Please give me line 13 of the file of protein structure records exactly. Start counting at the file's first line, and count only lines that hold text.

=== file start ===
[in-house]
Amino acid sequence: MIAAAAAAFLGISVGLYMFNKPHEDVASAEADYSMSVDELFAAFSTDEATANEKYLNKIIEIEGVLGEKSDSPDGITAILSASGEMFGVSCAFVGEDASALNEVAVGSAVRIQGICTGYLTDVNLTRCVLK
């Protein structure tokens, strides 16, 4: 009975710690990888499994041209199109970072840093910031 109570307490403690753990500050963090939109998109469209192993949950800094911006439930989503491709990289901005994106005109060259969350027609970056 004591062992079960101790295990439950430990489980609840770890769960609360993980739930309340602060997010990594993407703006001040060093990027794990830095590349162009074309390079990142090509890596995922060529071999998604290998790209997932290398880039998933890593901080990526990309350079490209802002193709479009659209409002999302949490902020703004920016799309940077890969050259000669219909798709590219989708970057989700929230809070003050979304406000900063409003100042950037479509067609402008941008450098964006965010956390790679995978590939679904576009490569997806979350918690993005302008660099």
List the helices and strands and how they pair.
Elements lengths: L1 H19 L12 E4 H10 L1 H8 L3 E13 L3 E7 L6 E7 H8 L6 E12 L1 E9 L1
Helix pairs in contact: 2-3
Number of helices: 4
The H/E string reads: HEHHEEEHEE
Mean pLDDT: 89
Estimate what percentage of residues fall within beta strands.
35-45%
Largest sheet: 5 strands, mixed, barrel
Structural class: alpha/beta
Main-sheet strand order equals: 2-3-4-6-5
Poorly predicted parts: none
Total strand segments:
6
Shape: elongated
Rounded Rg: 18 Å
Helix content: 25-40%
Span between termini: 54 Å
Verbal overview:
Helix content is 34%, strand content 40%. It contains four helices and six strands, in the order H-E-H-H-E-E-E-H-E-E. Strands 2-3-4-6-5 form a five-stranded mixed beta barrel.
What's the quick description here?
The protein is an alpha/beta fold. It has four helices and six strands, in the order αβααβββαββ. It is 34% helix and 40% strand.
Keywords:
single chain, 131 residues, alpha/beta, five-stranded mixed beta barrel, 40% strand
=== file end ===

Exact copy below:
Structural class: alpha/beta